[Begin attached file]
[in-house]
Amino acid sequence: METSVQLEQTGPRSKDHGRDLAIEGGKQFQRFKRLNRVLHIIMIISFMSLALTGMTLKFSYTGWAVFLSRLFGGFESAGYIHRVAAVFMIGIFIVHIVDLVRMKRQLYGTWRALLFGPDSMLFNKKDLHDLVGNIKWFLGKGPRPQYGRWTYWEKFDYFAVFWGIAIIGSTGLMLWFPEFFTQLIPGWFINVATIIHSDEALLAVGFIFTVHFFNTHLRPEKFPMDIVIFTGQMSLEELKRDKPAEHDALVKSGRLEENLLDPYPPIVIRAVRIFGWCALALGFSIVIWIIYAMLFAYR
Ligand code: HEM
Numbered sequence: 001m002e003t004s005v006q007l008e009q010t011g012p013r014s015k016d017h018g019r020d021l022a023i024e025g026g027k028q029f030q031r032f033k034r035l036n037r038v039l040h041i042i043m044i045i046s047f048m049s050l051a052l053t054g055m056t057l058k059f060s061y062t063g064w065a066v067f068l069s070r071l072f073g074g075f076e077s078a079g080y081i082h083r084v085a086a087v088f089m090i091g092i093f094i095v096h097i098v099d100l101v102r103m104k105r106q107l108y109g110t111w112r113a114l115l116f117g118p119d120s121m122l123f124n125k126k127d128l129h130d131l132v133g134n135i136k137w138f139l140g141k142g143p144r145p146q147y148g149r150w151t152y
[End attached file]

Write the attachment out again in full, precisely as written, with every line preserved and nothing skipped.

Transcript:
[in-house]
Amino acid sequence: METSVQLEQTGPRSKDHGRDLAIEGGKQFQRFKRLNRVLHIIMIISFMSLALTGMTLKFSYTGWAVFLSRLFGGFESAGYIHRVAAVFMIGIFIVHIVDLVRMKRQLYGTWRALLFGPDSMLFNKKDLHDLVGNIKWFLGKGPRPQYGRWTYWEKFDYFAVFWGIAIIGSTGLMLWFPEFFTQLIPGWFINVATIIHSDEALLAVGFIFTVHFFNTHLRPEKFPMDIVIFTGQMSLEELKRDKPAEHDALVKSGRLEENLLDPYPPIVIRAVRIFGWCALALGFSIVIWIIYAMLFAYR
Ligand code: HEM
Numbered sequence: 001m002e003t004s005v006q007l008e009q010t011g012p013r014s015k016d017h018g019r020d021l022a023i024e025g026g027k028q029f030q031r032f033k034r035l036n037r038v039l040h041i042i043m044i045i046s047f048m049s050l051a052l053t054g055m056t057l058k059f060s061y062t063g064w065a066v067f068l069s070r071l072f073g074g075f076e077s078a079g080y081i082h083r084v085a086a087v088f089m090i091g092i093f094i095v096h097i098v099d100l101v102r103m104k105r106q107l108y109g110t111w112r113a114l115l116f117g118p119d120s121m122l123f124n125k126k127d128l129h130d131l132v133g134n135i136k137w138f139l140g141k142g143p144r145p146q147y148g149r150w151t152y